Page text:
She was voted on the team apparently. All State teams are usually about reputation, and Bella Hunt being a D1 recruit and having a very good three year career prior to this season obviously helped her cause.
I've coordinated/chaired the all-state girls' team all but one year since the 1990s, so I'll explain the process to you.Colonel Mustard wrote: ↑April 24th, 2020, 9:35 amCongrats to FH Coach Cecere, they had an excellent season and the honor was well-deserved. I'm not crazy about teams moving-up to avoid competition and hang banners, but can't deny that this team is deserving. You know you have built a good program when you have people willing to pick-up and move their families so that they can play for your team.
Nothing at all against the player, but how do you get picked all-state having only played in 10 games?
About 60 media outlets throughout the state nominate players from their coverage areas by writing up thumbnail descriptions that include their stats, college signing or interest and other notable items. Those thumbnails are put onto a ballot that's then sent to representatives from all of those outlets who return a weighted vote.
The girls player you mentioned played 10 games, coming back from summer knee surgery after 8 months. Her team was 8-9 without her, 8-2 with her, losing two games by five combined points to teams that still were alive in the PIAA tournament. Her team also still was alive in the PIAA tournament. She averaged a double-double, leading her team in both scoring and rebounding, along with 4.0 assists, 2.6 steals and 2.1 blocks.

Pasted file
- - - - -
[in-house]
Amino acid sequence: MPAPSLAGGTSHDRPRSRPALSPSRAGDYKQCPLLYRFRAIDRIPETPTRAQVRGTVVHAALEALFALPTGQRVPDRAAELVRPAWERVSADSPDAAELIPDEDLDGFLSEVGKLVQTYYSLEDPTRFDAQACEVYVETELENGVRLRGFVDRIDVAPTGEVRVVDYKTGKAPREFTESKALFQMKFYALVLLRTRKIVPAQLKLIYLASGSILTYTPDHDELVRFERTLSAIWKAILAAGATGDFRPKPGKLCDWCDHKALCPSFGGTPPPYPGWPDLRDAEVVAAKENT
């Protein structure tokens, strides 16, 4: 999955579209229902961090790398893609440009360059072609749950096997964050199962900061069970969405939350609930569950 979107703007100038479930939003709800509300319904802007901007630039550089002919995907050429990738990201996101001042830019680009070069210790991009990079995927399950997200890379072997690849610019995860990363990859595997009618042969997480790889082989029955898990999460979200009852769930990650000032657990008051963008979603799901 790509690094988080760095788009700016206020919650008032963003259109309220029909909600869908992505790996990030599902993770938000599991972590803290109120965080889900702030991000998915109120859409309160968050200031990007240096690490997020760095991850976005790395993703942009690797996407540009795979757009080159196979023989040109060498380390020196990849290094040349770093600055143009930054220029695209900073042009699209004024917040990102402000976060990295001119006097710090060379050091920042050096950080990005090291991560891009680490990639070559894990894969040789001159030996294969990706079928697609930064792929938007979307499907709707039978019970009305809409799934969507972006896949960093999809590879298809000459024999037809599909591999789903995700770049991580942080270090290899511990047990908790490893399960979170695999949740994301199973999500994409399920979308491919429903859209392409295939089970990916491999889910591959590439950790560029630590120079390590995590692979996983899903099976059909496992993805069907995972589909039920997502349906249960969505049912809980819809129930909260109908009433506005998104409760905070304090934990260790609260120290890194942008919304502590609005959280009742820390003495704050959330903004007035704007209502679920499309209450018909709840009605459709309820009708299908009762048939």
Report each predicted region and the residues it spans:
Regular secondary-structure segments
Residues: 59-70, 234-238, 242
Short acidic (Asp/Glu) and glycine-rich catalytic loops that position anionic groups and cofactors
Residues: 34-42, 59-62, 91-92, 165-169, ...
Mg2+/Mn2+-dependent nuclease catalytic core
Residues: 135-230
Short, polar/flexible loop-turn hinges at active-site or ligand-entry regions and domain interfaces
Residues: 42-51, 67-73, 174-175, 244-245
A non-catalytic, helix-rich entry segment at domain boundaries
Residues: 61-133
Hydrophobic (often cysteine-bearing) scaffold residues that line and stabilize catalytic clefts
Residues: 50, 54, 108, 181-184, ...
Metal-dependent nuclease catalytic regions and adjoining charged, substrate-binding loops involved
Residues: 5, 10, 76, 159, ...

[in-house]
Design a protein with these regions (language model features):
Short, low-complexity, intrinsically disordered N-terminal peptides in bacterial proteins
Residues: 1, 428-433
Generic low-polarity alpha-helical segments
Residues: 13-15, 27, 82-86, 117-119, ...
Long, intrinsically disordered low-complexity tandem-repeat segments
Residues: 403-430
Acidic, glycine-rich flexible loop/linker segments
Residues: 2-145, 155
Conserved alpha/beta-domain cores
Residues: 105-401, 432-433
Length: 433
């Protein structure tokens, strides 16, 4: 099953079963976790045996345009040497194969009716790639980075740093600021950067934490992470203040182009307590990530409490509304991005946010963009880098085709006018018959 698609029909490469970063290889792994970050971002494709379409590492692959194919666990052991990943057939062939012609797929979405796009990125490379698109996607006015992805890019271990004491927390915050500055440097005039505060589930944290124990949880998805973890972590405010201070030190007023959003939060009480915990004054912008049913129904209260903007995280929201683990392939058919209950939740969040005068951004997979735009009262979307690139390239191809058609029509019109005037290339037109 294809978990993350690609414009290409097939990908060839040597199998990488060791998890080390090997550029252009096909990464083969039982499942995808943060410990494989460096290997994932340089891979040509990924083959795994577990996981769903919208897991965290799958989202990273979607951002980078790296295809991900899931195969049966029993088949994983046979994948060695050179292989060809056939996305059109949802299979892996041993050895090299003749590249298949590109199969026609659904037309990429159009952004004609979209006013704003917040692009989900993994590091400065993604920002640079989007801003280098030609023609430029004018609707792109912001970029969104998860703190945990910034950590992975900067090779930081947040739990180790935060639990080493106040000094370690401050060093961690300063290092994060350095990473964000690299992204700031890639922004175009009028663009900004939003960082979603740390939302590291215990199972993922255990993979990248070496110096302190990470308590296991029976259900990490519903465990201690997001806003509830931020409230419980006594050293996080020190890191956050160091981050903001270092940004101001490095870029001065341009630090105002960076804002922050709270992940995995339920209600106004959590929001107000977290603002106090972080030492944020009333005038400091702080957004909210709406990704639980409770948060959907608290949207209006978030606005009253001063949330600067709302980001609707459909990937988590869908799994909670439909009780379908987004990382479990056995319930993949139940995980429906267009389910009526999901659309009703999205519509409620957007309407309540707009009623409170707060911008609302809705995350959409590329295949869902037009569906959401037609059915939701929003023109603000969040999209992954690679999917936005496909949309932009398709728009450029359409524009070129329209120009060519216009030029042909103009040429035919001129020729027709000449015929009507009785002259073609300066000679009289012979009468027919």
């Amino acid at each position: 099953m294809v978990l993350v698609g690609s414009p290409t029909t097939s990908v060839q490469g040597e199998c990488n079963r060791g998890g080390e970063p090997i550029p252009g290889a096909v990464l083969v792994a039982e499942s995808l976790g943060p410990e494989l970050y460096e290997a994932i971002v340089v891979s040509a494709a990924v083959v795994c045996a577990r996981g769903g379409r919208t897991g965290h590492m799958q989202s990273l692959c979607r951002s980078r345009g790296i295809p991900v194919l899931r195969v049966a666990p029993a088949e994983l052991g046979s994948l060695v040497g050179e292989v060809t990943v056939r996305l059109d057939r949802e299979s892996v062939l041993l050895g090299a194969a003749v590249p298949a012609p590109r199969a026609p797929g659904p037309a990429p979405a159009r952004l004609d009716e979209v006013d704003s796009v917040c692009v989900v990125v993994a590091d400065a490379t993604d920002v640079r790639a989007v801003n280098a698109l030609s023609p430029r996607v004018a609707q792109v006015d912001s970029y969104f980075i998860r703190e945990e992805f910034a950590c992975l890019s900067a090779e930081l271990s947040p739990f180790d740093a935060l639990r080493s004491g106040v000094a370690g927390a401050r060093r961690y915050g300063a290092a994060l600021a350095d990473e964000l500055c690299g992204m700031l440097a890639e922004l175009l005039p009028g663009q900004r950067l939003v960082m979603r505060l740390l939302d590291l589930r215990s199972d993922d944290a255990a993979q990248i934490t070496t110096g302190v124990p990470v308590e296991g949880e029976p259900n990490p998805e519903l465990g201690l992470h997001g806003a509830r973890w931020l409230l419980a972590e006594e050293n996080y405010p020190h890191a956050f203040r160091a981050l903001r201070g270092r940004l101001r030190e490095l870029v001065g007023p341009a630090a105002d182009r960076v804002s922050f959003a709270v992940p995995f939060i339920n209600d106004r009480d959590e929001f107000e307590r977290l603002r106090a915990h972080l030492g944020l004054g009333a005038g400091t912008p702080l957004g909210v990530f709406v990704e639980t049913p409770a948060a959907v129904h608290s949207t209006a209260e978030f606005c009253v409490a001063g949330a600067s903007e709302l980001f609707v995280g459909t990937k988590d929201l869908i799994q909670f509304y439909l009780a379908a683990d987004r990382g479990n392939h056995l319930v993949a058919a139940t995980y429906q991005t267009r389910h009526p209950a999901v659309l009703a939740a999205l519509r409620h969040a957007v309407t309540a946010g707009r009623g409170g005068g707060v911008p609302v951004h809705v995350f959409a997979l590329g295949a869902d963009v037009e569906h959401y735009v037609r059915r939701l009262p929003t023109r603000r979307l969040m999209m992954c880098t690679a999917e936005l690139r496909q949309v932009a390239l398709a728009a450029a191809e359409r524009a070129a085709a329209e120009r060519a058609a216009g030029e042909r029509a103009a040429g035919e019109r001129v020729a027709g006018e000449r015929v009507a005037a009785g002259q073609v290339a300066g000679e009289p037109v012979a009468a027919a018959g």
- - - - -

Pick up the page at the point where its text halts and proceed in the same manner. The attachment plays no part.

She was an all-stater the previous season, and she is signed with a Division I college.
I can't speak for everyone that voted, but, at least to me, that seems like a pretty good resume, especially playing 40 percent of her team's games on a bad wheel.
The other thing is that it's not done in a vacuum. She's being measured against all the other players being nominated.
Regarding the other post questioning about more representation from the western side of the state. You pointed out Class 2A, where 10 of the 18 all-state players were from traditional western PIAA teams. But the thing that I think might get overlooked is that 60 percent of the schools in the PIAA are in the traditional eastern districts ... and that doesn't even include another 20 schools in the Inter-Academies and Friends League around Philadelphia, which play really good basketball and also are eligible for the all-state team.
It's done with the idea of recognizing the best 18 performers in each classification, not everyone getting proportionate representation.
Hopefully that will give everyone a little more insight into how the process works.